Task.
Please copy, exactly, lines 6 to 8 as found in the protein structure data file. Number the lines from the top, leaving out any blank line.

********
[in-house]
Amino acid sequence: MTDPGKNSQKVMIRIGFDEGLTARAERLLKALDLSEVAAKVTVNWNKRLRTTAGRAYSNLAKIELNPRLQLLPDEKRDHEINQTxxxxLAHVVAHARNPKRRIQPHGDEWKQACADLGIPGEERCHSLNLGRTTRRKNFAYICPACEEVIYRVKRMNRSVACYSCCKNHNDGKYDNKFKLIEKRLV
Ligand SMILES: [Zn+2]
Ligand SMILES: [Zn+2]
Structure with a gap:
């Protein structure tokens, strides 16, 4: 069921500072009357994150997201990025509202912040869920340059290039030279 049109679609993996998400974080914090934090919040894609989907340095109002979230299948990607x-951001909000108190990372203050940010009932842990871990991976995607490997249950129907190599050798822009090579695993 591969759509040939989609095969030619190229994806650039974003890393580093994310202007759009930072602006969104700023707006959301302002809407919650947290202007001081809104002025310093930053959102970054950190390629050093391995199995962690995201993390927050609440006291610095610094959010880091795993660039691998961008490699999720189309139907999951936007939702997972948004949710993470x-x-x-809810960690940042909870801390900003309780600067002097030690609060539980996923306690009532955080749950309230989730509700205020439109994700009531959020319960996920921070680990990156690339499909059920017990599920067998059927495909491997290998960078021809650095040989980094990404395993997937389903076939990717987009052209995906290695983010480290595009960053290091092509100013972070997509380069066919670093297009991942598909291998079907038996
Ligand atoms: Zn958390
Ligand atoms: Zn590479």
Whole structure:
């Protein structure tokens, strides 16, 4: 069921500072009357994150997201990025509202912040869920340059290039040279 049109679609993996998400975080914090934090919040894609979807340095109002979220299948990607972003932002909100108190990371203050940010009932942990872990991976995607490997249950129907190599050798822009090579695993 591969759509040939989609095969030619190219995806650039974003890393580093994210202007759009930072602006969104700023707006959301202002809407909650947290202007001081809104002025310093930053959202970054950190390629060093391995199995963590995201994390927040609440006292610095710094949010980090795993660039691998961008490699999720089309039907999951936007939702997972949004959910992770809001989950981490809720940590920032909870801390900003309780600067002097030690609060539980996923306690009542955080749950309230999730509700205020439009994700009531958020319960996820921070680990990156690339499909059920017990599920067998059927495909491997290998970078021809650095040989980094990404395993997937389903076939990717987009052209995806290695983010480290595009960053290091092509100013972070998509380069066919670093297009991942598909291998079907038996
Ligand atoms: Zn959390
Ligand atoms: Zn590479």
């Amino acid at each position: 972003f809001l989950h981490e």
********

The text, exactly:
């Protein structure tokens, strides 16, 4: 069921500072009357994150997201990025509202912040869920340059290039030279 049109679609993996998400974080914090934090919040894609989907340095109002979230299948990607x-951001909000108190990372203050940010009932842990871990991976995607490997249950129907190599050798822009090579695993 591969759509040939989609095969030619190229994806650039974003890393580093994310202007759009930072602006969104700023707006959301302002809407919650947290202007001081809104002025310093930053959102970054950190390629050093391995199995962690995201993390927050609440006291610095610094959010880091795993660039691998961008490699999720189309139907999951936007939702997972948004949710993470x-x-x-809810960690940042909870801390900003309780600067002097030690609060539980996923306690009532955080749950309230989730509700205020439109994700009531959020319960996920921070680990990156690339499909059920017990599920067998059927495909491997290998960078021809650095040989980094990404395993997937389903076939990717987009052209995906290695983010480290595009960053290091092509100013972070997509380069066919670093297009991942598909291998079907038996
Ligand atoms: Zn958390
Ligand atoms: Zn590479």